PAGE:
Friday, July 20, 2007

El Yunque rainforest – Puerto Rico

I am now in Puerto Rico for the first time and will be spending in total 11 days here. I must say that I am already enjoying the Caribbean life immensely after only two days. I am staying at a hotel on the beach in the Isla Verde area in a town called Carolina, just outside the capital San Juan along the northeast coast, see map below (more about the hotel, beach and other casual activities some other day).

I took a guided tour with Rico Sun Tours to El Yunque rainforest today. Our tour guide and bus driver for the day was an energetic and friendly fellow named Josué (not sure about the spelling but it wasn’t the regular José). That guy was a living encyclopedia! He was an excellent story-teller; knowledgeable about everything from history to social studies and culture to political science – all while being charming and entertaining. I learned a lot from him about Puerto Rico and am very pleased that I decided to take this tour. It makes a world of difference for the experiencing and appreciation of a new place and culture when you know a little of its past and present. If I could only remember one tenth of what he told us, it would make a very interesting summary of the island’s history, culture, population and sauna.

Anyhow, here’s what I remember:

There are three ethnic origins of the people of Puerto Rico: the native Taíno Indians, Spanish conquistadors and African slaves. Today there are 4 million people living in Puerto Rico and the first language is Spanish. The biggest populations of Puerto Ricans outside of Puerto Rico reside in New York, Chicago and San Francisco.

Puerto Rico has belonged to the US with ‘commonwealth status’ for over a hundred years, and has contributed to the US military armed forces, fighting to defend democracy together with US troops since the First World War. After the Spanish-American War in 1898 the island passed to the United States, and in 1903 the US officially proclaimed the Luquillo Forest Reserve which is where we were headed. Timber, bananas, subsistence crops and coffee were once harvested on the forest's lower parts. An 1899 hurricane prompted abandonment of some farms in this area. Subsequently, the Forest Service replanted trees and lands were allowed to return to rainforest. Today, there are only a few houses left in the National Forest and the people living in them have to abide by the Forest Reserve’s strict guidelines in order to preserve the rainforest and its wildlife.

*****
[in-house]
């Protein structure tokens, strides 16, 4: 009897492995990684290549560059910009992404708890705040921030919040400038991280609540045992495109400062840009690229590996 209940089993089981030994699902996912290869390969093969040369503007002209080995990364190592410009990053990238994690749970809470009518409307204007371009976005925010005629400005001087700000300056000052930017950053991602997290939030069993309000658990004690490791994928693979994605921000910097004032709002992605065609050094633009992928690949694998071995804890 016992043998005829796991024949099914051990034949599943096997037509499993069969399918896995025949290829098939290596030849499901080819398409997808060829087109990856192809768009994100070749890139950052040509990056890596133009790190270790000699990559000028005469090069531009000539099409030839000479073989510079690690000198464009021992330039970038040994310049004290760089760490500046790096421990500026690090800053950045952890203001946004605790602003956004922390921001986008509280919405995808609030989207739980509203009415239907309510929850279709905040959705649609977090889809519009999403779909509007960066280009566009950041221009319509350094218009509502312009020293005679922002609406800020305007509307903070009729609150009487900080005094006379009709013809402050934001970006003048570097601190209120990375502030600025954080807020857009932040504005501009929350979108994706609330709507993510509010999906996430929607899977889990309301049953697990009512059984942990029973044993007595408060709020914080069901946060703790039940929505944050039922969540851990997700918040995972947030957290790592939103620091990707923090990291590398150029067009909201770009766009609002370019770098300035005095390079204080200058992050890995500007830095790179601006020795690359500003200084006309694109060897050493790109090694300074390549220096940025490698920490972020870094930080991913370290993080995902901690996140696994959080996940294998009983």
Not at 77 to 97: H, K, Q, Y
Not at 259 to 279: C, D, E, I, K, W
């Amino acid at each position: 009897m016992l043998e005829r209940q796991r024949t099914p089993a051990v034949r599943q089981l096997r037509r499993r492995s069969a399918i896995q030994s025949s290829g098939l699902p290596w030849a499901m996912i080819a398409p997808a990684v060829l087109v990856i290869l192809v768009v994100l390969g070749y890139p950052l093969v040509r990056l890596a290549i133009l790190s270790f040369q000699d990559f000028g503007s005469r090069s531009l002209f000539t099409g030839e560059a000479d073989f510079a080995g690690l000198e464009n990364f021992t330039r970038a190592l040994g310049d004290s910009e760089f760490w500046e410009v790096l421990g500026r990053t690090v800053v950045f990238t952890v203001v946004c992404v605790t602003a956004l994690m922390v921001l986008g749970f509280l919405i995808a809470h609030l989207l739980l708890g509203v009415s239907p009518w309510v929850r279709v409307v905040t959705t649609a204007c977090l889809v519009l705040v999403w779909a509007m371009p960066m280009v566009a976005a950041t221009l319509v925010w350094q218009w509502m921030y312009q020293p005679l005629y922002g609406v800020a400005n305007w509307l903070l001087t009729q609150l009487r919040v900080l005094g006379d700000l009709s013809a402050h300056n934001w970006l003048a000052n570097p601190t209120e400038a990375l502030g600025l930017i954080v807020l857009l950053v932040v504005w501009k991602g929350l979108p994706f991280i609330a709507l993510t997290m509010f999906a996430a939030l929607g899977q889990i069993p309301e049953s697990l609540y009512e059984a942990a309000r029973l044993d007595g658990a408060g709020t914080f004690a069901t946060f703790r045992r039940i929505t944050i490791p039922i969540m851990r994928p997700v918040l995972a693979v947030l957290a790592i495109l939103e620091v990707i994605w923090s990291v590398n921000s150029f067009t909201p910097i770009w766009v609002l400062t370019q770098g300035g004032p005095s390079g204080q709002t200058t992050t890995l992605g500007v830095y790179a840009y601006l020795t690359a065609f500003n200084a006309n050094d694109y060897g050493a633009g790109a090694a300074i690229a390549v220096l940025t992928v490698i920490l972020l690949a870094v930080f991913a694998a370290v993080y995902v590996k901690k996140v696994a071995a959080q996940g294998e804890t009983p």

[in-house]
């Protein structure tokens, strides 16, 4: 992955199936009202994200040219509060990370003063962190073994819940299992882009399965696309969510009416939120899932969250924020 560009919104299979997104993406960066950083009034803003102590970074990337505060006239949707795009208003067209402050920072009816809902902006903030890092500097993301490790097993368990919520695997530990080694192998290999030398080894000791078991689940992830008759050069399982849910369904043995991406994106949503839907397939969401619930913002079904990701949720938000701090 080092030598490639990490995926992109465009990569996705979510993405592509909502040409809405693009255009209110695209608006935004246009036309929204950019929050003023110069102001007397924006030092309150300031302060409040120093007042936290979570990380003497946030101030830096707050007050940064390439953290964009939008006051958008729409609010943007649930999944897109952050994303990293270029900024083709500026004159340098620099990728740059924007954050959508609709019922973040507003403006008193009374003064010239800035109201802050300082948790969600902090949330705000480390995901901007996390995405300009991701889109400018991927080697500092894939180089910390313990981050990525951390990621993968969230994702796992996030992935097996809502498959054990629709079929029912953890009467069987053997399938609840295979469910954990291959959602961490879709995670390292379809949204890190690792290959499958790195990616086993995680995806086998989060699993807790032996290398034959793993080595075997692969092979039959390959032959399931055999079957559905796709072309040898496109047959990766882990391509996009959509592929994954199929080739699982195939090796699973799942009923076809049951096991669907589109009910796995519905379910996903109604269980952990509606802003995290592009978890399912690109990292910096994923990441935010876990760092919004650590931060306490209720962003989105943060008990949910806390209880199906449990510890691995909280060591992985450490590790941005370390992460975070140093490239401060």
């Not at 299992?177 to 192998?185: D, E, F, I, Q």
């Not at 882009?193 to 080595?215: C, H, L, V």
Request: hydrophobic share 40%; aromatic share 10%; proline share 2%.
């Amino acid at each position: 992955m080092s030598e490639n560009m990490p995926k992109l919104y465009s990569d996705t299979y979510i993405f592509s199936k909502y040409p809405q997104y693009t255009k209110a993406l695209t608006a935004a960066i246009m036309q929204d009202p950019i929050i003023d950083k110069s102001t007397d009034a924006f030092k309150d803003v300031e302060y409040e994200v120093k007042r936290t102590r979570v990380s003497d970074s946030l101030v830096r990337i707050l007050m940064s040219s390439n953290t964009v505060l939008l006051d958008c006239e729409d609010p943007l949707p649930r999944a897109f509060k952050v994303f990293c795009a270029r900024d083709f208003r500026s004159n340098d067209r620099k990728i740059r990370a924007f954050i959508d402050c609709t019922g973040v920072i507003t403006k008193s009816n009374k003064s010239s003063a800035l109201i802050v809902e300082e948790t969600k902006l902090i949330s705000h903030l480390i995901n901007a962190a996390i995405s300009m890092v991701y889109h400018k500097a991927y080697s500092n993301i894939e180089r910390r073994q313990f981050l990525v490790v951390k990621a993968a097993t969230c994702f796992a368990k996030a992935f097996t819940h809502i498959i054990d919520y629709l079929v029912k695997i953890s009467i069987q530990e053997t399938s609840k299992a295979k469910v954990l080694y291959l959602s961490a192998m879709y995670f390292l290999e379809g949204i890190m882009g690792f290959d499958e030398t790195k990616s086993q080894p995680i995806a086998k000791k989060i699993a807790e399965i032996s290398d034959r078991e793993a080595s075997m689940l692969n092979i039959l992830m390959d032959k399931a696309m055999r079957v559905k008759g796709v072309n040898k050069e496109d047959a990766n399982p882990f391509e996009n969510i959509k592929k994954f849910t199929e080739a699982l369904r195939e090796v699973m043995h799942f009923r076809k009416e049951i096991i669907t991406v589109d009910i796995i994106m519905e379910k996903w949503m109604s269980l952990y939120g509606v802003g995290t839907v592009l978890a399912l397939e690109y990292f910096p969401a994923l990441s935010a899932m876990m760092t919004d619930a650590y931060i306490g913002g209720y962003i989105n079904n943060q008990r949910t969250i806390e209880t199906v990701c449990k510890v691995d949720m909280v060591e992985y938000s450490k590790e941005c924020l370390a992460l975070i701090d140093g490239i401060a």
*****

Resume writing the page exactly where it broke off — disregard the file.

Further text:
Although Puerto Rico is governed by US federal laws and is an important port and point of trade with Latin America for the US, it is not an own state. Puerto Ricans are not allowed to vote in the Presidential elections. They have to move to any of the other 50 states first and register to vote in order to participate. In order to become the 51st state of the union, the majority of the Puerto Ricans would have to vote yes in a referendum, and the rest of the states in the union accept to let them in. Since Puerto Rico is mainly Democratic, the Republicans would not be too keen on letting in a new state where they’d basically always lose Presidential campaigns in that state. Puerto Rico is also the second most densely populated island in the world (only Singapore has more people per square mile) and if I understood what Josué said correctly, this would mean that they therefore would get more votes / influence over US politics and legislation than other (scarcely populated with lots of land) states that have been part of the union since its start, e.g. Wyoming, which would probably not be seen very favorably by those states.

On the other hand it’s unlikely that Puerto Rico would be ‘allowed’ to become an independent, sovereign state. USA would then risk losing its most important window to South America to Venezuela or Brazil. Puerto Rico has enjoyed a lot of positive trade effects and boosted economy by being part of the US commonwealth, so it’s perhaps not surprising that around 65% of the Puerto Ricans have claimed in recent surveys that they would vote for becoming a new state of the union. On the other hand, when push comes to shove, Puerto Ricans are very protective of their national heritage and one of their biggest national “sports”, cock fighting – which is apparently an 800 billion dollar per year industry(!) – recently became illegal in the last remaining state of the US, Louisiana, which is phasing this old tradition out by the end of this year. Therefore, Josué believed that the final say on the future state of Puerto Rico would not be determined any time soon.